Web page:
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Effective leadership practices for working with students of color
This chapter focuses on how the application of critical pedagogy to leadership education allows for issues of identity, power, and culture to shape the process of leadership learning. Examples from the authors' work with various populations of students of color are used to illustrate critical leadership pedagogy
The chancellor of Los Angeles Community Colleges discusses the roles that leaders can play to create, nurture, and sustain a campus culture that can ultimately lead to improving student success, to diversifying the ranks of faculty and administrators, and to facilitating meaningful engagement concerning the critical issues of diversity, equity, and inclusion.
Practical Leadership in Community Colleges by
Call Number: LB2341 .B553 2016 - City Campus Library (also ebook)
Publication Date: 2016-07-18
Chapter 5: "Diversity, Equity, and Inclusion" looks at the big picture of DEI, including background information and guidance to develop a plan and put all the pieces together: campus climate, recruitment and support, sustainability, and issues relating to specific groups such as students of color.
Applied Critical Leadership in Education: Choosing Change by
Publication Date: 2013-06-17
This book explores a practical transformative leadership model arising from critical theory and critical pedagogy traditions and applies leadership practice suited to address educational challenges of today that are necessary for change. A range of diverse voices of practicing leaders from prekindergarten through higher education makes leadership for social justice accessible, feasible, and more practical for aspiring and practicing leaders alike.
Becoming Hispanic-Serving Institutions by
Call Number: LC2670.6.G35 2019 - South Campus Library
Publication Date: 2019-03-12
This book explores how institutions are serving Latinx students, both through traditional and innovative approaches. Drawing on empirical data, Garcia adopts a counternarrative approach to highlight the ways to reframe what it means to serve Latinx college students.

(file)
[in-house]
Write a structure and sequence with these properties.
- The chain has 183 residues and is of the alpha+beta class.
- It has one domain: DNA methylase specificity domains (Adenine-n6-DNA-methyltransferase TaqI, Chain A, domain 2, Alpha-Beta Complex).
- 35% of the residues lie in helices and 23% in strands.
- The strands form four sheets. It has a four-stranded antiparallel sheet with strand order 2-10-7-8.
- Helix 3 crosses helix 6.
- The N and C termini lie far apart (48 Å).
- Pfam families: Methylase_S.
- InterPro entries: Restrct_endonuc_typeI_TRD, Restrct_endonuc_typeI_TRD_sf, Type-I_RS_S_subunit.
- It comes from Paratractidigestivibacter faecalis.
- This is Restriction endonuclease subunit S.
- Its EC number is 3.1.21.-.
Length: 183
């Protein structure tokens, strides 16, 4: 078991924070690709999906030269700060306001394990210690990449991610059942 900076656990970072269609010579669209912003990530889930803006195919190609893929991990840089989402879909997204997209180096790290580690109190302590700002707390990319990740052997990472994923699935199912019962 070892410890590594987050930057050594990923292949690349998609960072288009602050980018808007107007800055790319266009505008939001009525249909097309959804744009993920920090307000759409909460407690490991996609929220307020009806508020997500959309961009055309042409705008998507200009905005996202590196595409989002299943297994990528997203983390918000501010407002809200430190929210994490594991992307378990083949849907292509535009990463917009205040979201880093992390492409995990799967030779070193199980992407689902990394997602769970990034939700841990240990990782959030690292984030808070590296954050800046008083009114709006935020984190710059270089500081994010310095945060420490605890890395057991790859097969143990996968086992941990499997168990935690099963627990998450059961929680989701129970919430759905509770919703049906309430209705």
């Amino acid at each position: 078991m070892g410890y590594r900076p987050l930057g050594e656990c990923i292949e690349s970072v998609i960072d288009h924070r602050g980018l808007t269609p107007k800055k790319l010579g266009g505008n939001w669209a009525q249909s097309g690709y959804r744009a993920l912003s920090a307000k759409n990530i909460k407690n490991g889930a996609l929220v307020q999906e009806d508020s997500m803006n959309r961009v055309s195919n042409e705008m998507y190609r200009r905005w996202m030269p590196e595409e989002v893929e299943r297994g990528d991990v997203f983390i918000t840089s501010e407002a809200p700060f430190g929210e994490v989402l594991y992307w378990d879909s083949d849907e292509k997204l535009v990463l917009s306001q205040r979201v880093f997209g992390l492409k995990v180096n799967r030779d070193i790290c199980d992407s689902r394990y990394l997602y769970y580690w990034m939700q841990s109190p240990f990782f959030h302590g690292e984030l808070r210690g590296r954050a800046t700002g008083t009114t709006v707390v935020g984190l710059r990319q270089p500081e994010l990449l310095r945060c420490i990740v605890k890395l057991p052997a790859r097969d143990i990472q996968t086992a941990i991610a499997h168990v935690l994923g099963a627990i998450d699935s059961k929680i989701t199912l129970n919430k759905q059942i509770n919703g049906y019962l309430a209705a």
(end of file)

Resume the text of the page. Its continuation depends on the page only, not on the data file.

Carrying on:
Strategies for increasing persistence, retention, and graduation rate
This literature review highlights barriers to persistence, retention, and graduation for students of color at institutions of higher learning. Successful strategies, approaches, and initiatives are discussed with consideration to deficit and strengths-based approaches.
This study suggests that graduation and retention rates could be improved by investing in scholarships, smaller class sizes, and financial aid infrastructure. Results indicate that retention and graduation rates were higher for students who were academically prepared, received grants or scholarships, and were in smaller classes. Findings did not indicate that these rates were influenced by sex, race, absenteeism, or living in residence halls.
This study examines how psychological variables and mindsets determine academic achievement as well as retention and persistence. The introductory literature review is particularly helpful for looking at the wide variety of psychological variables that affect college students.
Crossing the Finish Line by
Call Number: LC208.8.B68 2009 - North & South Campus Library
Publication Date: 2009-09-28
The United States has long been a model for accessible, affordable education, as exemplified by the country’s public universities. And yet less than 60 percent of the students entering American universities today are graduating. Why is this happening, and what can be done? Crossing the Finish Line provides the most detailed exploration ever of college completion at America’s public universities.
The First Generation Student Experience: Implications for Campus Practice, and Strategies for Improving Persistence and Success by
Publication Date: 2012-03-12
This book offers a set of best practices to improve the success of first-generation student populations and provides a plan of action to create the awareness necessary for meaningful long-term change, sets out a campus acclimation process, and provides guidelines for the necessary support structures. At the heart of the book are 14 first-person narratives that help the reader get to grips with the variety of ethnic and economic categories to which they belong, and concludes by defining 14 key issues that institutions need to address.
College Student Retention: Formula for Student Success by
Call Number: LC148.2 .C65 2012 - Erie City Campus
Publication Date: 2012-02-16
This book examines a number of areas critical to the retention of students, including the history, the theories and concepts, models, and a standardized definition of the term, as well as lay out financial implications and trends of retention. The author presents his formula and highly successful model for student success that colleges can implement to effect change in retaining students and helping them to complete their academic and personal goals.
Increasing Persistence: Research-Based Strategies for College Student Success by
Publication Date: 2012-06-25
This book offers a compendium on college student persistence that bridges the gaps between theory, research, and successful practice. Includes insights on the causes of attrition and identifies retention interventions most likely to enhance student persistence, which provides decision-makers and practitioners with evidence-based interventions and best practices for improving student success in college.
Engagement and belonginess and its impact on student success